T-SQL » Stored Procedures » Modifying a Stored Procedure

Syntax:
ALTER PROC [ EDURE ] procedure_name [ ;number ]
    [ { @parameter data_type }
       [ VARYING ] [ =default ] [ OUTPUT ]
    ] [ ,... ]
[ WITH
    {
       RECOMPILE
       | ENCRYPTION
       | RECOMPILE, ENCRYPTION
    }
]
[ FOR REPLICATION ]
AS
    sql_statement

The stored procedure modification is usually done using the ALTER PROCEDURE statement. It can also be done by deleting the existing stored procedure and then creating a new one with the same name. If we are using the ALTER PROCEDURE statement any of the permissions associated with the stored procedure are retained. In the other case, however, the permissions will be lost.

We can alter a stored procedure so that only the parameter definition is changed and not the permissions that are set for the stored procedure. The parameters from the ALTER PROCEDURE statement are the same as the ones for the CREATE PROCEDURE statement.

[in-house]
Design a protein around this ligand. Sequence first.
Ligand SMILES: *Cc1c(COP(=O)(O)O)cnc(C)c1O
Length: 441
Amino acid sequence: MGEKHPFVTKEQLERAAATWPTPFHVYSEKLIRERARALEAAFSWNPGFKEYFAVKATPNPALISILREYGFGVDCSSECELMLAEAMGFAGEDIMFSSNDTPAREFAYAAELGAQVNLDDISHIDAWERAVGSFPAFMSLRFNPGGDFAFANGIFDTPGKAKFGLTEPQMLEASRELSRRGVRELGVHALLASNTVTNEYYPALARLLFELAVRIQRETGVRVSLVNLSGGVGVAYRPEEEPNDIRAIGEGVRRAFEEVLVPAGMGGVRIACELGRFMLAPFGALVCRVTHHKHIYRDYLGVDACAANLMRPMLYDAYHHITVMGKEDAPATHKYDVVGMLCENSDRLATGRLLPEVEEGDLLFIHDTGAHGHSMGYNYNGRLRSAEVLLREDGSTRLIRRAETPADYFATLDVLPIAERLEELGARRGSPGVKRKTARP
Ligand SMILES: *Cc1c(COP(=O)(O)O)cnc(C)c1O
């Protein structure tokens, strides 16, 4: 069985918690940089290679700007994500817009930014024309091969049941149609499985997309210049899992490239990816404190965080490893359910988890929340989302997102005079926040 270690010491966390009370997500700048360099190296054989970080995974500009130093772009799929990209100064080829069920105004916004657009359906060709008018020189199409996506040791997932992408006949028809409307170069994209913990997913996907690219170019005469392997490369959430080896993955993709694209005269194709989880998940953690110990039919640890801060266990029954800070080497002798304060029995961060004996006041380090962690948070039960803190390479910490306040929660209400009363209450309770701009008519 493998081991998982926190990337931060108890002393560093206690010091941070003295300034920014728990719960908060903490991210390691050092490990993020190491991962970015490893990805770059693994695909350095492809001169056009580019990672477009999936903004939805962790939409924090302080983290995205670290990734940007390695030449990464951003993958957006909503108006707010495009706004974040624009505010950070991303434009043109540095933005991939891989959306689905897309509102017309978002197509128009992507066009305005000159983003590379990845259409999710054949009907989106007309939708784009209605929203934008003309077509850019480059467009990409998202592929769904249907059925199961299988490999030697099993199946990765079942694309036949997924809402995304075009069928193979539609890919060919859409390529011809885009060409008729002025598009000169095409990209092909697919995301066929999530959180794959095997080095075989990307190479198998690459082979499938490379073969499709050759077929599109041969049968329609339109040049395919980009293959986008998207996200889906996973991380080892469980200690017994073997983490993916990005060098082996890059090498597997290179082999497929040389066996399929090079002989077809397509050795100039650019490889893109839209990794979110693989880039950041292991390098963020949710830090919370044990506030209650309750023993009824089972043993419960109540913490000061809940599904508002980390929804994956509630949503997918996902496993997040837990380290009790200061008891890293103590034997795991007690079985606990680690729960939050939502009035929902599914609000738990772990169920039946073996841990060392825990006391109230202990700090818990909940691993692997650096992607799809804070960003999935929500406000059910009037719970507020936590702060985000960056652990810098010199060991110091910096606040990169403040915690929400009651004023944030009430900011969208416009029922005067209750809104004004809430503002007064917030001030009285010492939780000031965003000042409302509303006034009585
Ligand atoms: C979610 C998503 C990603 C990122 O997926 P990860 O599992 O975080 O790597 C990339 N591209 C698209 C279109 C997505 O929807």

Examples

Code:
CREATE PROCEDURE spGetAvgGrade
AS
SELECT AVG(Std_Grade) FROM Students
GO
EXEC spGetAvgGrade;
Output:
AverageGrade
2

(1 row(s) affected)
Language(s): MS SQL Server
Code:
ALTER PROCEDURE spGetAvgGrade (@Course INTEGER)
AS
SELECT AVG(Std_Grade) as AverageGrade FROM Students
WHERE Std_Course = @Course
GO

EXEC spGetAvgGrade 3;
Output:
AverageGrade
1

(1 row(s) affected)
Explanation:

This example demonstrates how to use the ALTER PROCEDURE command to modify a procedure and then execute it.

Language(s): MS SQL Server
Code:
DROP PROCEDURE spGetAvgGrade;

CREATE PROCEDURE spGetAvgGrade (@Course INTEGER)
AS
SELECT AVG(Std_Grade) as AverageGrade FROM Students
WHERE Std_Course = @Course
GO

EXEC spGetAvgGrade 3;
Output:
The command(s) completed successfully.


AverageGrade
1

(1 row(s) affected)
Explanation:

In the above example, we first delete the existing procedure and then recreate the procedure.

Language(s): MS SQL Server